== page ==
When using SSM with lambda you really only had two options before.

  1. Get the secrets when you app is initialized
  2. Store the secrets as an environment variable

These two solutions have an issue though, your secrets are never updated after they are set. This is because it is inefficient to fetch the secrets during lambda runtime because you would be holding your lambda response until your secrets were updated.

But now with the extension API we are able to run code after our lambda runtime has finished running so we could easily build an extension that keeps our secrets up to date on our running lambda functions.

To make things even easier AWS has provided a public lambda layer that leverages the extension API to manage secrets from SSM. No need to write our own lambda extension. 😉

🔄 Fire and Forget Lambda API

This last example is something I am using in production currently that is think is a very interesting use case I haven’t seen many people mention.

You could create a lambda function that responds immediately to an API request and then continue processing the request after the client receives the response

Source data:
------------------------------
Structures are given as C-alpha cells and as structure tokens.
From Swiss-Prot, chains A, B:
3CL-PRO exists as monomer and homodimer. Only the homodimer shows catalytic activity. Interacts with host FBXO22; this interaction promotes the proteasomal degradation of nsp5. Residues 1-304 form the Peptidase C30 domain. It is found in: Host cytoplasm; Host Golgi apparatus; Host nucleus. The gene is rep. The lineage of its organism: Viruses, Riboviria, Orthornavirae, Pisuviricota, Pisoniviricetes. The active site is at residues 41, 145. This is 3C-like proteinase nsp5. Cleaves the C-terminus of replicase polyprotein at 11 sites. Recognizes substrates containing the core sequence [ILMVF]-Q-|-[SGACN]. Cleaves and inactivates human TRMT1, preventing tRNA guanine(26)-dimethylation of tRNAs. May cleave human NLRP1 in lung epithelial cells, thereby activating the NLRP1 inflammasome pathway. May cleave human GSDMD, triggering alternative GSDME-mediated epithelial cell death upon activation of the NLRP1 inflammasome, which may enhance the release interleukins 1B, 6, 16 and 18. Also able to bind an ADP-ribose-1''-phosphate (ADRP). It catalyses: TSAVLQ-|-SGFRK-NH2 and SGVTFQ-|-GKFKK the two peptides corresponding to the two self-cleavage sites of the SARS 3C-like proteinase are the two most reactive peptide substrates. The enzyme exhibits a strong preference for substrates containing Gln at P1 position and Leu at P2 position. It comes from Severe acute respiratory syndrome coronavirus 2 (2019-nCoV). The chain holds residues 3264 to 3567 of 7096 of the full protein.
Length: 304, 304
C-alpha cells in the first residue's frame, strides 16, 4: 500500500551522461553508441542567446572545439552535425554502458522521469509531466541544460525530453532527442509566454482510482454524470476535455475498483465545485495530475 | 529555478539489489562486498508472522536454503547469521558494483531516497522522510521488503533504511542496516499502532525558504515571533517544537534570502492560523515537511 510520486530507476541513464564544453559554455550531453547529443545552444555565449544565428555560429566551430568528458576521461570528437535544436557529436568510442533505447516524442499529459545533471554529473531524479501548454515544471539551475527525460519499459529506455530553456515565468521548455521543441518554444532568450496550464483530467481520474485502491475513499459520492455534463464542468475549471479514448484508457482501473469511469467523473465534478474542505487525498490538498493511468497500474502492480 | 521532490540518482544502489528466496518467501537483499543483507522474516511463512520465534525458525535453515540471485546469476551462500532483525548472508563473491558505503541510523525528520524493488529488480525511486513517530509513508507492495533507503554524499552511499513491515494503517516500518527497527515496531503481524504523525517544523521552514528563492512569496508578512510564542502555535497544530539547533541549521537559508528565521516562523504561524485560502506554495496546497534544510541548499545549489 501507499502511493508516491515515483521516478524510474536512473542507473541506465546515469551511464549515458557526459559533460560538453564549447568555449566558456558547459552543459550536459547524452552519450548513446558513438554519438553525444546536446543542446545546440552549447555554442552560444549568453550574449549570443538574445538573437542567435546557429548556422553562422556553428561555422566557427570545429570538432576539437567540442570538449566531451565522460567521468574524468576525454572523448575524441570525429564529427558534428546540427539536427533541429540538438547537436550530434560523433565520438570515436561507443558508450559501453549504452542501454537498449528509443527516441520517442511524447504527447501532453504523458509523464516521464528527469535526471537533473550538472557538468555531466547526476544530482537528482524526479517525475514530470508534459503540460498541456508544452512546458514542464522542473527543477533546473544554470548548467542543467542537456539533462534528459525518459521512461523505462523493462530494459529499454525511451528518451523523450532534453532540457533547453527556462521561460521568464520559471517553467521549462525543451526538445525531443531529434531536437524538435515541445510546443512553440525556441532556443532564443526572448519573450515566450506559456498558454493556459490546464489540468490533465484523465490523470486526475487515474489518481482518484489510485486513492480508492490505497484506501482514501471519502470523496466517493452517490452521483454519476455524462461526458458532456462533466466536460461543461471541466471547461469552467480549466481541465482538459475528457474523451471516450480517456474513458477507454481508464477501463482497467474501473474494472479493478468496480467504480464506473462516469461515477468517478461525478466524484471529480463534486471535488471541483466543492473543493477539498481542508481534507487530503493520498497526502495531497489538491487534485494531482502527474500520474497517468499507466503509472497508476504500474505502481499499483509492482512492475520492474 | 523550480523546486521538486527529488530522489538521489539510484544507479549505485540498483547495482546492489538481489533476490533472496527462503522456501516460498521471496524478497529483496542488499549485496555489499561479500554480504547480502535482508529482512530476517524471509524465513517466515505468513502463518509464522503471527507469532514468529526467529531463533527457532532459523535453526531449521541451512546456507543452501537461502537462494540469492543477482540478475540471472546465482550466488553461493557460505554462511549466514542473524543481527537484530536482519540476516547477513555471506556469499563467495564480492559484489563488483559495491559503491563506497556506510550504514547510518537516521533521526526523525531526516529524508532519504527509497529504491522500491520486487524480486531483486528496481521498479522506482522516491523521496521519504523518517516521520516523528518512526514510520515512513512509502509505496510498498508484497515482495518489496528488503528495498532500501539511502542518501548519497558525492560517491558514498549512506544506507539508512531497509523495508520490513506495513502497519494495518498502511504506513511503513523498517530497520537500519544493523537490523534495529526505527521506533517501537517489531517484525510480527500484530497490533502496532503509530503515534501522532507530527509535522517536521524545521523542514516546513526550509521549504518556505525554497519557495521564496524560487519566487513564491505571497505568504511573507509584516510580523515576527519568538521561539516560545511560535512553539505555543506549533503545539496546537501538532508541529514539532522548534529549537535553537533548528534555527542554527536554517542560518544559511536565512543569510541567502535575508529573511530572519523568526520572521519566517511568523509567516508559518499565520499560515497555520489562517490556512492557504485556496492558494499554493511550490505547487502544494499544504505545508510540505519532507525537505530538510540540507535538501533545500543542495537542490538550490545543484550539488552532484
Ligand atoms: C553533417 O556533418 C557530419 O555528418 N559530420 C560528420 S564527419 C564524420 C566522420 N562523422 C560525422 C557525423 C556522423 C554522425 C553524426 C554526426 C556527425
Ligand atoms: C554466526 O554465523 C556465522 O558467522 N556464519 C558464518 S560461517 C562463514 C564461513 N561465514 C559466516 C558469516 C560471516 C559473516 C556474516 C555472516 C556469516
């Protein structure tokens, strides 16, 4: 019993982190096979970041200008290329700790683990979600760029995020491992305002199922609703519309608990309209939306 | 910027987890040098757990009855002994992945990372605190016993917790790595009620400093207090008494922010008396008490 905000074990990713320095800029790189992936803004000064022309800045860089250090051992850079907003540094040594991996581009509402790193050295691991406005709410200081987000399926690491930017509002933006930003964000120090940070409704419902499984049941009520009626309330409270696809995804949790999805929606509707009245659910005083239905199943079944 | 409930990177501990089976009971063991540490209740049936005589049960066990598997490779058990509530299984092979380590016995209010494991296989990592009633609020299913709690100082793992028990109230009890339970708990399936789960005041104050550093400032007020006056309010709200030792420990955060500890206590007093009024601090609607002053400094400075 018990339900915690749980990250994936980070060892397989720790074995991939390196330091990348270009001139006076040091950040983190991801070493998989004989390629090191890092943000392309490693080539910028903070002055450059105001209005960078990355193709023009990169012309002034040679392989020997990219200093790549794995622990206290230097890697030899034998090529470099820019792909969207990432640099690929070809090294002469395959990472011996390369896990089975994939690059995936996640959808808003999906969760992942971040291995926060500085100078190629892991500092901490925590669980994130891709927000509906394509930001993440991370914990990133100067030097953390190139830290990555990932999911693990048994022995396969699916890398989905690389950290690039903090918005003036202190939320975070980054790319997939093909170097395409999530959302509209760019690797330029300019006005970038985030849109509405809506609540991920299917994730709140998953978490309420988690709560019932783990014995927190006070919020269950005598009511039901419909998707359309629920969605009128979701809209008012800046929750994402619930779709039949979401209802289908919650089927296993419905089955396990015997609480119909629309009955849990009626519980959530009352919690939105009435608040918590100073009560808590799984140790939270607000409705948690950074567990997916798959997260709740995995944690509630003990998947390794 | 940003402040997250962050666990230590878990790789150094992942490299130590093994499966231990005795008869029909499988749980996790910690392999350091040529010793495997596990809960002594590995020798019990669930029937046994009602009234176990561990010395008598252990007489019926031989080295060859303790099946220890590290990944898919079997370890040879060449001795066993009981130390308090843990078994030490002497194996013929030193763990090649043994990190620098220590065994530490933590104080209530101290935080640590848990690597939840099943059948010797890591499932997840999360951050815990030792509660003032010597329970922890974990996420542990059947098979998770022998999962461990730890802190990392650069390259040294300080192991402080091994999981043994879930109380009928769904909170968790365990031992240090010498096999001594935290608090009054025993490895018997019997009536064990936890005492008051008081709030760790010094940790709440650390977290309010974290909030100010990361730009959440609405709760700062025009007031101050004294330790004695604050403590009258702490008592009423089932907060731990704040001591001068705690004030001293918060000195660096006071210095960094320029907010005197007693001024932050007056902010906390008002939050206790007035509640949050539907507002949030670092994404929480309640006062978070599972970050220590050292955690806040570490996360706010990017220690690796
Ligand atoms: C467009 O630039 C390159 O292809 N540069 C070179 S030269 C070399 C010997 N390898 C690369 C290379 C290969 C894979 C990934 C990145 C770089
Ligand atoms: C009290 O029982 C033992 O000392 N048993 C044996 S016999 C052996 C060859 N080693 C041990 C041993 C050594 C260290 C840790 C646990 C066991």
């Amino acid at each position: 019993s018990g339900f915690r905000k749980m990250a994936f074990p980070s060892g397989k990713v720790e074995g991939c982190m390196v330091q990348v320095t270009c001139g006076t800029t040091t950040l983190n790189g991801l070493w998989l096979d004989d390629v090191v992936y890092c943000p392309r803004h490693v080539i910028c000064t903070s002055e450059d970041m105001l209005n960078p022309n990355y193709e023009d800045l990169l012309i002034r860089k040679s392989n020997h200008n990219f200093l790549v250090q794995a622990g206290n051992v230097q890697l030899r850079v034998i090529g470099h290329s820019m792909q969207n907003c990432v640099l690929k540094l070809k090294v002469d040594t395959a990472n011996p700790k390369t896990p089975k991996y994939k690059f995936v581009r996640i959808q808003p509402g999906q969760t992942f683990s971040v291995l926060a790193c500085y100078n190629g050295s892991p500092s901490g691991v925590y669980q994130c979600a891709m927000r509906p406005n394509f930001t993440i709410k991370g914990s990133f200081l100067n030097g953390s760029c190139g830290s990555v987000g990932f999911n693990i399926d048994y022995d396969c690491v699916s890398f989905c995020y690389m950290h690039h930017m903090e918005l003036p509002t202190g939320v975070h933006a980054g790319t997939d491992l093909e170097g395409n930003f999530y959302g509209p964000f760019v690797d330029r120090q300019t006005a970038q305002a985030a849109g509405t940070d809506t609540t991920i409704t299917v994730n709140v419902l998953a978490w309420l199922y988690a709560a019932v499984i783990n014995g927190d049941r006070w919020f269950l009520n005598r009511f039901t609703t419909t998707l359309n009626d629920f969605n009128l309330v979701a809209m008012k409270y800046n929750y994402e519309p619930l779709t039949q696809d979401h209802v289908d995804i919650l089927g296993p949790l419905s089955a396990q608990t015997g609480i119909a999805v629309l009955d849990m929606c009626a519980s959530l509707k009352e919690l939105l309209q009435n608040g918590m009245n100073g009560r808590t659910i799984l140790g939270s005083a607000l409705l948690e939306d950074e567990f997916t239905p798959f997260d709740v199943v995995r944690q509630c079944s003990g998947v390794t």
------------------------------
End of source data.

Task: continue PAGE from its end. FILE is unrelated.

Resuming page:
Since extensions can run code after your lambda function has sent a response this means you could create a lambda function that responds immediately to an API request and then continue processing the request after the client receives the response.

This opens up more possibilities than just fire and forget APIs. Here are a list of use cases I can think of for this extension.

  • Dynamo stream like processing for other databases. You could collect the actions that you performed on your database and then send those actions to the async handler.
  • Send events to SNS, SQS, Event bridge, etc. after your have sent a response to your customer.

🌯 Wrap up

If you haven’t already you should try out the lambda APIs. They are all pretty great albeit a little confusing.



Wakeem's World

Attempting to weekly blog about whatever I am thinking about. Skateboarding, tech, film, life, etc.